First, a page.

Of the directors in the world, the one most suited to making major blockbusters with sweeping special effects is Ridley Scott. He did it before with Alien, Gladiator and Robin Hood, but his new film doesn’t deal with aliens, Romans, or a folklore legend. Instead his new film’s origins are rooted in perhaps the most powerful book on the planet.
The question was this: could Scott excite us visually and enthrall us emotionally with a tale of biblical proportions? The answer is yes and no as Exodus: Gods and Kings is a powerful visual treat yet a damp emotional resonator as the film lacks layers of depth to truly match its source material. To be fair, not many people nowadays would watch DeMille’s 1956 film The Ten Commandments, so Exodus deserved to be made but maybe not the way in which Scott felt it should have been. Considering Exodus is a book from the Bible, it needed to have an almost ethereal quality that would transcend its place as entertainment and make you think profoundly of the significance of the past.
Exodus: Gods and Kings depicts the tale of the Prince of Egypt turned leader of the Hebrews, Moses. Moses’ relationship with his ‘brother’ Rameses is delved into until his exile as a shepherd, to the apparition of a young boy as God telling him his life’s calling, to the ten plagues, the exodus of the Hebrews, the parting of the sea and the Ten Commandments. Even though the book of Exodus was inscribing a past event in the course of history, who would have known that it had all the features to become a blockbusting film full of entertaining thrills.
The primary focus is on the two major figures of the tale: Moses and Rameses. Christian Bale stars as the prince-turned-prophet Moses, and as usual Bale is convincingly effective in yet another lead performance. Moses however isn’t given the magical importance normally attributed to his character; he is more of a bystander in God’s plans. It is as if he is the poster-boy of the Exodus rather than the underlying driving force behind everything. This is summed up by the fact that he doesn’t part the sea, it naturally recedes itself. It would have been better if Moses was given far more power and control over the story and not just be able to talk to God. Bale’s Moses experiences a great physical transformation throughout the film and considering he is Moses, there is not enough psychological change, but nevertheless he still remains the most in-depth character.
Joel Edgerton stars as Rameses II, and my word is he perfect for the role. At first sight he wouldn’t be anyone’s main choice for a pharaoh, but the make-up artists and costume designers did a sterling job with his character. Edgerton has that aura of majesty about him – he simply becomes Rameses and every scene involving him has a powerful grandeur to it. He, unlike Moses, lacks any development and from beginning to end he appears the same person undamaged by his experiences, which is a shame and the only blot to the role. Moses and Rameses are given perhaps too much screen time compared to many other characters that are underplayed. Actors such as John Turturro, Aaron Paul, Ben Kingsley and Sigourney Weaver hardly get anything to say or do to endear themselves and unfortunately have nothing to contribute to a film that relies solely on its two protagonists.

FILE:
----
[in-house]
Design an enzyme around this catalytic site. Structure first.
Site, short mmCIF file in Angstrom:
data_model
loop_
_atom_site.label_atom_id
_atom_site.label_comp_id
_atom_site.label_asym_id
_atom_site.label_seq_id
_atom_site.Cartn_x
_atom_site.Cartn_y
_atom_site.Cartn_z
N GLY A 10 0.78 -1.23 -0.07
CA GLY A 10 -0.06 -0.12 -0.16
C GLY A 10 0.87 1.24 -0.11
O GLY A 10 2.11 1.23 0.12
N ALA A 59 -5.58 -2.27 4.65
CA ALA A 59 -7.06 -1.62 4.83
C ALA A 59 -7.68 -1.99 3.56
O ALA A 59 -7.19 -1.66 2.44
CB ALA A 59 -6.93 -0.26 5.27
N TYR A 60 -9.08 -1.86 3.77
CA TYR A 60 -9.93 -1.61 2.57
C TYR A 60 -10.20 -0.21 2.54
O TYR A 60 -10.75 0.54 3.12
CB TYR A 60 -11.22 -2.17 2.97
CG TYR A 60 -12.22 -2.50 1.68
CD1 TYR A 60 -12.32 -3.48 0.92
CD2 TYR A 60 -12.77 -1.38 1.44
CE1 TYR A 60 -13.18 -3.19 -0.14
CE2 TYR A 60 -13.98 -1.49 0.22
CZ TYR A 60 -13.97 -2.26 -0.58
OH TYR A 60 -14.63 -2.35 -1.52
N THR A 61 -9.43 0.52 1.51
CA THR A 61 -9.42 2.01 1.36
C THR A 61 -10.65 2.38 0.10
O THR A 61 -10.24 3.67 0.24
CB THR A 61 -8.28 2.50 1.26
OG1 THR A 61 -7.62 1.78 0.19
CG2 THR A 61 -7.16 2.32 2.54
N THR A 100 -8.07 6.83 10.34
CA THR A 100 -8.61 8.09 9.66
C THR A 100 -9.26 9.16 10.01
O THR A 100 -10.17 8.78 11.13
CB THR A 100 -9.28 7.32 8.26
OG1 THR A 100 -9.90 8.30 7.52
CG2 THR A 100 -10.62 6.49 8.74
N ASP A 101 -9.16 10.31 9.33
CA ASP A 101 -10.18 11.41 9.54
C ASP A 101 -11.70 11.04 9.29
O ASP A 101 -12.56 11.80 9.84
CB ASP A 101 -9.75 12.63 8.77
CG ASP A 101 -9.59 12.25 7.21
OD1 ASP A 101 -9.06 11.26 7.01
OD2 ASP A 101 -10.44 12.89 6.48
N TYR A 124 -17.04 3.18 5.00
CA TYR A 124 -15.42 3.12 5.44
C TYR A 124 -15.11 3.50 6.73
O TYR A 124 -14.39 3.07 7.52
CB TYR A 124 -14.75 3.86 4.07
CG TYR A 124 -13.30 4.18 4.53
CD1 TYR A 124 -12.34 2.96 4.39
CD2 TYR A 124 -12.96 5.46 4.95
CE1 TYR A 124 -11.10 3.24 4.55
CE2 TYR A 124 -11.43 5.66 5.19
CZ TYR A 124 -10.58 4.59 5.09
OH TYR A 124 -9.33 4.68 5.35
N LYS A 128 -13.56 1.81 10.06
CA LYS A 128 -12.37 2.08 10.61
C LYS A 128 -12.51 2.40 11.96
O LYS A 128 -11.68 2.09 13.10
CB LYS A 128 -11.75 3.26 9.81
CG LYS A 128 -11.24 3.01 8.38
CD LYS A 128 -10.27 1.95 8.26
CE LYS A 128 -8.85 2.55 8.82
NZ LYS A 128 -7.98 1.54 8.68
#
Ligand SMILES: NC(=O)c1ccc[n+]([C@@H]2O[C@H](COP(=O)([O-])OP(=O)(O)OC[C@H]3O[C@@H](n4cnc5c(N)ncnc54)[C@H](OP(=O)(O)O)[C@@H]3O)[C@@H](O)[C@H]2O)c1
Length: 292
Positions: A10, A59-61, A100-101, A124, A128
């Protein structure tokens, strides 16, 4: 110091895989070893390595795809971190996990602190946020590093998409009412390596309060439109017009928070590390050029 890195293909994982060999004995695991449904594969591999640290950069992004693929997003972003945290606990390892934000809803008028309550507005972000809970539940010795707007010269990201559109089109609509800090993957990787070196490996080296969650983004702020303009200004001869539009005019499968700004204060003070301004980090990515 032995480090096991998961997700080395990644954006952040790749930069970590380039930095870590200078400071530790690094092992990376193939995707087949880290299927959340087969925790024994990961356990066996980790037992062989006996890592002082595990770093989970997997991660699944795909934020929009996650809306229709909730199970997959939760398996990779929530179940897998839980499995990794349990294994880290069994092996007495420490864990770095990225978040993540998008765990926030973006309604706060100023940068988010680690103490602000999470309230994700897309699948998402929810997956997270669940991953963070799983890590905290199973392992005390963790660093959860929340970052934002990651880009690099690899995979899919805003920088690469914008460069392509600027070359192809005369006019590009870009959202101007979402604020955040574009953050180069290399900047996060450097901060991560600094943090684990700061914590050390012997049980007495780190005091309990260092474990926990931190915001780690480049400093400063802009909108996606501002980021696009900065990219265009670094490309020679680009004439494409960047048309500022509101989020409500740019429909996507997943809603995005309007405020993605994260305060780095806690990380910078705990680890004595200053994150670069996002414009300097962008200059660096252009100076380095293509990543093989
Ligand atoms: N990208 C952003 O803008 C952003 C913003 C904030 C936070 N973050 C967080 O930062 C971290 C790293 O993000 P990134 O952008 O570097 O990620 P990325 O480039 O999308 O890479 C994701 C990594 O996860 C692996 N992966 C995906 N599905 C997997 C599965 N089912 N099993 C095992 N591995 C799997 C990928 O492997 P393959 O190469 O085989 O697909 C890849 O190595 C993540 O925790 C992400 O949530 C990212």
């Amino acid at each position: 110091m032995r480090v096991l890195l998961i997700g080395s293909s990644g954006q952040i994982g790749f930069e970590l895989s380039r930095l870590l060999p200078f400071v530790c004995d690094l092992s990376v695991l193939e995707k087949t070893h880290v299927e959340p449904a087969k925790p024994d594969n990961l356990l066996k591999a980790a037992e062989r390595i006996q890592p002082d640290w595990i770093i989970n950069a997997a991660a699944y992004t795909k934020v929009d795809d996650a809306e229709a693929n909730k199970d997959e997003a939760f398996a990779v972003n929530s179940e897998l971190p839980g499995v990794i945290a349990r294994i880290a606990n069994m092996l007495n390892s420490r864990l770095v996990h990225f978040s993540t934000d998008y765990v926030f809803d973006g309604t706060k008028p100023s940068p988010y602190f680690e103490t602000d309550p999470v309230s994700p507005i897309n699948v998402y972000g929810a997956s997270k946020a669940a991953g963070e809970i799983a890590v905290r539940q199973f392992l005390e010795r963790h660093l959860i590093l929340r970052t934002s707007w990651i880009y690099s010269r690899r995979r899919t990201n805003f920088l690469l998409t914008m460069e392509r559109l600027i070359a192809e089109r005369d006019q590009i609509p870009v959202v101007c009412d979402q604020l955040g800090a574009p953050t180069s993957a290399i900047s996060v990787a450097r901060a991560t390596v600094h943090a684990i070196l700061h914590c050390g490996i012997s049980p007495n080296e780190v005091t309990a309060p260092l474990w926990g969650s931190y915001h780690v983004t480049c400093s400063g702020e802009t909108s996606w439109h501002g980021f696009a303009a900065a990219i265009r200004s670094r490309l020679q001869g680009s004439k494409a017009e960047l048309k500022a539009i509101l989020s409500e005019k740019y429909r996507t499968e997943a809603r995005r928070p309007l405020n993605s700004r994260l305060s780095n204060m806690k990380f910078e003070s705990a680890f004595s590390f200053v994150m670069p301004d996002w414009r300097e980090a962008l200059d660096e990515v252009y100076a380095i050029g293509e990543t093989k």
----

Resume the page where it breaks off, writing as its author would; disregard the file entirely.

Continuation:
Filmed in Almeria, Exodus: Gods and Kings may appear extremely magnificent in its visuals but it is essentially just filmed in the desert of Spain, the opposite side of the Mediterranean to where the events took place. Exodus is truly epic in its ambitions. One can see that Scott wanted to emphasise Exodus’ heavenly origins by multiplying grandeur with grandeur and he manages to do so by making it biblical on a visual scale. Gods and Kings is a visual treat and if Scott’s initial target was to prioritise image over emotional resonance, he has done an amazing job because the visuals match the source material on a scale that may even transgress its biblical proportion.
There is a wide variety of locations that are utilised including the lair of the Pharaohs in Memphis, Mount Sinai, the city of Pithom which holds the Hebrew slaves and the Red Sea. There are large crocodiles, thousands of frogs, and a flurry of locusts, a sea of blood, a beast of a hailstorm and a mighty tsunami. This might all be down to the story of Exodus, but boy does it construct a good film as it provides so much entertainment to make this 3,000-year-old tale come to life.
There are more scenes of a spectacular nature than intimate moments, and this marks the film as rather less personal than something with substance. The moments involving Rameses and Moses are the scenes that electrify because you can feel the power of both characters, but these moments are sporadic as they are hardly together once Moses is sent into exile. The moments that do manage to heighten the emotional depth of the film is the conflict Moses feels within himself and this most of the time involves God in the form of a young boy.
If the film was perhaps 30 minutes longer, the number of scenes that could be weaved into Gods and Kings emphasising the significance of what the story of Exodus entails would make the film not just visually impressive but also emotionally stirring. Unlike 2014’s biblical epic Noah, Exodus perhaps lacks despondent emotion and seems too nice a film. Exodus: Gods and Kings is a spectacle in every sense of the word, even the title of the film suffers from grandeur, therefore it should have been foreseen that, no matter how many individual intimate moments were incorporated, it was always going to be suppressed by the lavish depiction of this world.
Exodus: Gods and Kings should be more emotionally resonating considering its biblical source material, but what it lacks in the storytelling department, it makes up for it with its visually insatiable entertainment.